When I was little, jam was jelly. It was deep purple and translucent, and only went on white bread with peanut butter. The best kind of all came in a collectible glass jar, with the coyote and roadrunner on it. After finishing the jar of jelly, I kept the glass, and drank milk out of it for years, often while eating a peanut butter and jelly sandwich.
After leaving home, I rarely bought jelly. Sometimes someone gave me a gift of jam, thick with actual fruits like Maine blueberries or Michigan cherries. I used it on grilled cheese sandwiches with extra sharp cheddar, or on a bagel with cream cheese. I didn’t make peanut butter and jelly sandwiches unless I was feeling nostalgic.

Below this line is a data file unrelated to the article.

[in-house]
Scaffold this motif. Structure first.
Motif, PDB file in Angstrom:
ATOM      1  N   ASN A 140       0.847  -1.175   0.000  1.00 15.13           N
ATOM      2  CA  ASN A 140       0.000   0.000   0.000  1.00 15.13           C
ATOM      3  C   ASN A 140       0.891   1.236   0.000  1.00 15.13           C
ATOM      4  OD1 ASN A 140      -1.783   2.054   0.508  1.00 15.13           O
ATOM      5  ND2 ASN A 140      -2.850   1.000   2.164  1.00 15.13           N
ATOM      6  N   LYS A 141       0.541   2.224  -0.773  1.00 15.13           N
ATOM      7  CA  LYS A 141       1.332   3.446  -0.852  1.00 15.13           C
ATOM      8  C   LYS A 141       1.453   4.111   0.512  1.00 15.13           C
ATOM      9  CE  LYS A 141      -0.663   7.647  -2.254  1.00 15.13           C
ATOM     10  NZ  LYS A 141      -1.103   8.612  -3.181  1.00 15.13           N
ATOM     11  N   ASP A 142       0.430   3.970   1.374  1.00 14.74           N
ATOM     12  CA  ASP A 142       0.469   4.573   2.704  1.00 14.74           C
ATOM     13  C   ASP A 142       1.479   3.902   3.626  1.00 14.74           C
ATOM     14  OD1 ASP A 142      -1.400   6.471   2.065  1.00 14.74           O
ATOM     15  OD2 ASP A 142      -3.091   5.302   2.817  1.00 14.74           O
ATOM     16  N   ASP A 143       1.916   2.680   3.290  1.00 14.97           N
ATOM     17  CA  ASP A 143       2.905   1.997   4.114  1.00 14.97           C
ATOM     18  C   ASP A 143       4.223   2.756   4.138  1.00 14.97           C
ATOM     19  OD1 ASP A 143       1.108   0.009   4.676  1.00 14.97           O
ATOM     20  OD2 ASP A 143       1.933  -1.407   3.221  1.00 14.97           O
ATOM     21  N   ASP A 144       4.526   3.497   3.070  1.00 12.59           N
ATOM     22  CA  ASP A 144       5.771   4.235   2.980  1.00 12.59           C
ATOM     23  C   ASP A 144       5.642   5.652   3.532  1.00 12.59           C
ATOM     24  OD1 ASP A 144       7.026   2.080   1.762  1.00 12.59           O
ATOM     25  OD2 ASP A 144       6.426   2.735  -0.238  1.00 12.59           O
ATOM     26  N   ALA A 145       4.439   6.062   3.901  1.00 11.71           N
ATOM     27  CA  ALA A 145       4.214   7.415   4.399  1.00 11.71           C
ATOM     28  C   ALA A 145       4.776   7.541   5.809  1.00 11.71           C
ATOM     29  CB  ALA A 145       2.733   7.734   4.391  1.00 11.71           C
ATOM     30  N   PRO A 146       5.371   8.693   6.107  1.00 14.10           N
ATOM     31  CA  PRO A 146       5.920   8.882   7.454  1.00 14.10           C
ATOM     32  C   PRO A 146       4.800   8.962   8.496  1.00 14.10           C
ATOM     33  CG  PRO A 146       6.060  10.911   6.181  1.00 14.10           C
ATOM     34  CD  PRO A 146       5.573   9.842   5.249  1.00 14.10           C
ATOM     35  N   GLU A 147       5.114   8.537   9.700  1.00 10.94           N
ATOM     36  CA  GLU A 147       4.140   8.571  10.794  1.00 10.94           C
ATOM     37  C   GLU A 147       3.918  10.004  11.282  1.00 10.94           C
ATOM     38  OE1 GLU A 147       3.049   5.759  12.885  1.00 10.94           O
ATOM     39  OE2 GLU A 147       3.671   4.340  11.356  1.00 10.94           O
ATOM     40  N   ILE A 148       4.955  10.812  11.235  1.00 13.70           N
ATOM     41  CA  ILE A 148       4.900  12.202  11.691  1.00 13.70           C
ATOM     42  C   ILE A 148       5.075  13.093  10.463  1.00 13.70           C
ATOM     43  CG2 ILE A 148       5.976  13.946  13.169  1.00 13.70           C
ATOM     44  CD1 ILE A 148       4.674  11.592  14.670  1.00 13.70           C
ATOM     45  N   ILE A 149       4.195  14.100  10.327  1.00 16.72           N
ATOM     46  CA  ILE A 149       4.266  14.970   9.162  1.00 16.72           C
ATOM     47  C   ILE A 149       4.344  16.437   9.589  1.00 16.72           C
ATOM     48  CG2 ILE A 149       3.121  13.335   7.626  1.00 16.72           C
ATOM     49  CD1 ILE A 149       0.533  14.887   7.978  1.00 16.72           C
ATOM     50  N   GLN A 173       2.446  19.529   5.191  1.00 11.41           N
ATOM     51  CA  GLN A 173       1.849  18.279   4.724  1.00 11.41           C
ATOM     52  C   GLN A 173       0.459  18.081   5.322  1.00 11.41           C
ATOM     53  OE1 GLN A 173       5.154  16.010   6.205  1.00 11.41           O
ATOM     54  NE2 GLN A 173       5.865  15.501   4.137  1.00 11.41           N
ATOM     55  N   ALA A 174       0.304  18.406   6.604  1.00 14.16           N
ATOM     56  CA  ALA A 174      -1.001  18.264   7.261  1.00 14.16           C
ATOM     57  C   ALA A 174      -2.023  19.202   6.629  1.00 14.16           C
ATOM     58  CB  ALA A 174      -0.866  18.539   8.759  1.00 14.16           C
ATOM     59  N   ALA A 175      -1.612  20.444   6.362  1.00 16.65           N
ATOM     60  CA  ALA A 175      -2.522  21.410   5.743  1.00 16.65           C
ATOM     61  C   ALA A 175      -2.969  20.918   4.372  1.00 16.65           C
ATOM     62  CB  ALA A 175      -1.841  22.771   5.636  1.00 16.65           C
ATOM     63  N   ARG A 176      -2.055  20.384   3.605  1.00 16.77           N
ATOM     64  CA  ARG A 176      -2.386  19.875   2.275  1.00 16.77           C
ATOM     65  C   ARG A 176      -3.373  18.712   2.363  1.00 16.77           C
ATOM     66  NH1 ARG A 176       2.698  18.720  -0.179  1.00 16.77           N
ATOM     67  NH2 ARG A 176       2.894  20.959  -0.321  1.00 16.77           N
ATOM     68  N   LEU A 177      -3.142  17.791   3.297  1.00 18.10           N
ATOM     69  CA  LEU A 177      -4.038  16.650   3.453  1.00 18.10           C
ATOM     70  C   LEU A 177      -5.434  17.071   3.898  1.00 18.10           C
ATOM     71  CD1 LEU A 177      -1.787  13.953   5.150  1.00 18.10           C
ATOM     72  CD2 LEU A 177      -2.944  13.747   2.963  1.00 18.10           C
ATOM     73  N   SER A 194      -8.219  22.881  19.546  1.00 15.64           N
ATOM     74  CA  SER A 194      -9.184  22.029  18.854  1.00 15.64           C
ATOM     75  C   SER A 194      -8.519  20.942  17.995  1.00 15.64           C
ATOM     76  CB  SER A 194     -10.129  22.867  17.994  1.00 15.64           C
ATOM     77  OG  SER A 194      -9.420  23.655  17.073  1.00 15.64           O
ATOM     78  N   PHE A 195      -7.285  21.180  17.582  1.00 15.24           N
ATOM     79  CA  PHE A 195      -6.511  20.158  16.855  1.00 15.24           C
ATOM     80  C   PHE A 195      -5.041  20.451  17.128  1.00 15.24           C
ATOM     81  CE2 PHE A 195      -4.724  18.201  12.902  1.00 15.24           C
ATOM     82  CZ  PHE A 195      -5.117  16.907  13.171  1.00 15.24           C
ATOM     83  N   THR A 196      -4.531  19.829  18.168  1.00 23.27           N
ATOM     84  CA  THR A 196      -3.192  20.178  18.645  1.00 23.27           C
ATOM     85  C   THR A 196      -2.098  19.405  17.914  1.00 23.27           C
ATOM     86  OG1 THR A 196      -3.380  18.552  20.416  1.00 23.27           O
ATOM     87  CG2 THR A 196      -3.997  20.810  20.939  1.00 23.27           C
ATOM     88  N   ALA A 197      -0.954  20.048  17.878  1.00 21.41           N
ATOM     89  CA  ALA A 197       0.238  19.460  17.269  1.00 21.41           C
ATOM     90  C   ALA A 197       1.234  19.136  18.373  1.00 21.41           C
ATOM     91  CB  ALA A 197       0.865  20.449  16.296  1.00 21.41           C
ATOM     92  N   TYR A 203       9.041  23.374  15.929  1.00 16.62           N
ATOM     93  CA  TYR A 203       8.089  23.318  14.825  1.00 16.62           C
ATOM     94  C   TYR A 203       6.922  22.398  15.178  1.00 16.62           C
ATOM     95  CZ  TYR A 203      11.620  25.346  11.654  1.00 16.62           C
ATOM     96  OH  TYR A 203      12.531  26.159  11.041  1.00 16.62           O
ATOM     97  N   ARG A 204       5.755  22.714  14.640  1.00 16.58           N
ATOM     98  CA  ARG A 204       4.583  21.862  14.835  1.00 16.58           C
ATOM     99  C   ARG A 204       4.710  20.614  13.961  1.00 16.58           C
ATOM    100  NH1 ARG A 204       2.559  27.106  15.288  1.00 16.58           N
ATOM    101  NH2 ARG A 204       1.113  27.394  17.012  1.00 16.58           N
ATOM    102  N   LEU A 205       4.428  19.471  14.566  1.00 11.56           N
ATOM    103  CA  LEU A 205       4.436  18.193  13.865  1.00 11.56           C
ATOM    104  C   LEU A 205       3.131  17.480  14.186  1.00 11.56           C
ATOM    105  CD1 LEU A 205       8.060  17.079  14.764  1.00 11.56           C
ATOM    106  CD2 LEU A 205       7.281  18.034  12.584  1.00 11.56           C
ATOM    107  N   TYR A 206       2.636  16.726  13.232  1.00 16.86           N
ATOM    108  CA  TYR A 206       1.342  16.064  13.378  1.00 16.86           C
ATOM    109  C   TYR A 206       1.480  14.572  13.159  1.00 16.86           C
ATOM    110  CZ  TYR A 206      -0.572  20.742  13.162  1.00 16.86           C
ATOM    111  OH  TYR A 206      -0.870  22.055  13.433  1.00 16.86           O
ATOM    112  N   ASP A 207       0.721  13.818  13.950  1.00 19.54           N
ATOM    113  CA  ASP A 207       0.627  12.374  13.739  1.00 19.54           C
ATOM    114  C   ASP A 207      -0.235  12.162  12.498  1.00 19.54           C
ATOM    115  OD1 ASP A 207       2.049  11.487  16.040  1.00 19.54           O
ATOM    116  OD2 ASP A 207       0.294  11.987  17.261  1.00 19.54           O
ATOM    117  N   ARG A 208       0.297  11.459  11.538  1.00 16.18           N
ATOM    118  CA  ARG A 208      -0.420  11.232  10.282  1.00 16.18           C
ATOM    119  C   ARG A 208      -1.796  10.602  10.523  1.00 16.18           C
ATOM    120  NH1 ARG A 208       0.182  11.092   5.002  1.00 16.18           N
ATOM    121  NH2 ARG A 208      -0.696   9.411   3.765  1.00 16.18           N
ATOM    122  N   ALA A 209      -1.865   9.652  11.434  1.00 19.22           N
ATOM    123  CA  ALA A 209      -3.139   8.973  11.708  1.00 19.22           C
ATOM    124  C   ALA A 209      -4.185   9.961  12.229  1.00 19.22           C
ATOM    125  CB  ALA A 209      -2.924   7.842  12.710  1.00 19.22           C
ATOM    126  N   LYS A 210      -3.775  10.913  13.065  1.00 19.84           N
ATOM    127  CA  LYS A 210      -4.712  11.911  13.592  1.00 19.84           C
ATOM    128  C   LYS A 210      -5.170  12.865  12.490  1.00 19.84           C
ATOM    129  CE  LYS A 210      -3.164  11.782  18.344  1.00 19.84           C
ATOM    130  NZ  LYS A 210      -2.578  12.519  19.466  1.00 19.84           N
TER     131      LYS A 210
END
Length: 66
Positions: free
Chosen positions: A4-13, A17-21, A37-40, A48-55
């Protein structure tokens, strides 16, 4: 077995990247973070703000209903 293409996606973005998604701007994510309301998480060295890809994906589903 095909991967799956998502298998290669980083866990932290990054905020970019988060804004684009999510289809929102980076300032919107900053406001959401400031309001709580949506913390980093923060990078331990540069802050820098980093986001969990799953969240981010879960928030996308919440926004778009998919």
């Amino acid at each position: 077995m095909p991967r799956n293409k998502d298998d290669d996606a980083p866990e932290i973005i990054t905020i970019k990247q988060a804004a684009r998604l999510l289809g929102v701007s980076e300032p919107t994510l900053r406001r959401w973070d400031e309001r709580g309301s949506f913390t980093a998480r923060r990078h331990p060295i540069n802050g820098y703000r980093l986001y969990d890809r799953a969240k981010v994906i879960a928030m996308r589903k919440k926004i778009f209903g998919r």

Now I have a little boy, who loves jam. Blackberry, raspberry, and cherry are all favorites. Before he was three years old, he learned how to spread it on his own little challah roll. For lunch he requests soy butter and jam sandwiches — he is allergic to nuts, but soy butter works just about as well, as long as there is plenty of jam.
My son knows that the jar of jam was made from berries from the same farm where we pick blueberries in the summer. He can see the seeds through the uneven glass. He asks me when we can pick berries again, and I tell him, “As soon as summer returns.”